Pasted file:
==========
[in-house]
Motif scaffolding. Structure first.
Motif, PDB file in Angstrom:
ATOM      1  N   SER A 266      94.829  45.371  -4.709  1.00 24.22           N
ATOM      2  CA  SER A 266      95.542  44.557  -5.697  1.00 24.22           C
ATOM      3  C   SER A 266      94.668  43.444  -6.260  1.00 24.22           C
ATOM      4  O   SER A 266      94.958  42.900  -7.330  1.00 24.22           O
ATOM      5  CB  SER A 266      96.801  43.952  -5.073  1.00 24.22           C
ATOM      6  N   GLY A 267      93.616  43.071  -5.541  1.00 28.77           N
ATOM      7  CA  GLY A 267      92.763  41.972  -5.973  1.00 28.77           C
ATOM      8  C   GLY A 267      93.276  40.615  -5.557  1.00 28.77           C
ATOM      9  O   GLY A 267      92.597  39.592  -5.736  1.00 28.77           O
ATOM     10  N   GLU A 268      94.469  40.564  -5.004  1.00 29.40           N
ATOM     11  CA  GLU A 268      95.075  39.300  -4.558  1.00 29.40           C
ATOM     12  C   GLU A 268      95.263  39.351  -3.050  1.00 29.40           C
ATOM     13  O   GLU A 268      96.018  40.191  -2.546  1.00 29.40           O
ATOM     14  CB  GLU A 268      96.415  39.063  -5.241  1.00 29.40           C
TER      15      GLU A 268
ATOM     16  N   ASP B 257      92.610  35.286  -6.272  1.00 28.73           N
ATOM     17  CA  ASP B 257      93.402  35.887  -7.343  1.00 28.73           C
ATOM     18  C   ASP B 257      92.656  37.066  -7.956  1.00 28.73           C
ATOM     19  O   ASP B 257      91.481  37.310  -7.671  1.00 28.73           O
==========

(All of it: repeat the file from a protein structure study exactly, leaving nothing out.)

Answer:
[in-house]
Motif scaffolding. Structure first.
Motif, PDB file in Angstrom:
ATOM      1  N   SER A 266      94.829  45.371  -4.709  1.00 24.22           N
ATOM      2  CA  SER A 266      95.542  44.557  -5.697  1.00 24.22           C
ATOM      3  C   SER A 266      94.668  43.444  -6.260  1.00 24.22           C
ATOM      4  O   SER A 266      94.958  42.900  -7.330  1.00 24.22           O
ATOM      5  CB  SER A 266      96.801  43.952  -5.073  1.00 24.22           C
ATOM      6  N   GLY A 267      93.616  43.071  -5.541  1.00 28.77           N
ATOM      7  CA  GLY A 267      92.763  41.972  -5.973  1.00 28.77           C
ATOM      8  C   GLY A 267      93.276  40.615  -5.557  1.00 28.77           C
ATOM      9  O   GLY A 267      92.597  39.592  -5.736  1.00 28.77           O
ATOM     10  N   GLU A 268      94.469  40.564  -5.004  1.00 29.40           N
ATOM     11  CA  GLU A 268      95.075  39.300  -4.558  1.00 29.40           C
ATOM     12  C   GLU A 268      95.263  39.351  -3.050  1.00 29.40           C
ATOM     13  O   GLU A 268      96.018  40.191  -2.546  1.00 29.40           O
ATOM     14  CB  GLU A 268      96.415  39.063  -5.241  1.00 29.40           C
TER      15      GLU A 268
ATOM     16  N   ASP B 257      92.610  35.286  -6.272  1.00 28.73           N
ATOM     17  CA  ASP B 257      93.402  35.887  -7.343  1.00 28.73           C
ATOM     18  C   ASP B 257      92.656  37.066  -7.956  1.00 28.73           C
ATOM     19  O   ASP B 257      91.481  37.310  -7.671  1.00 28.73           O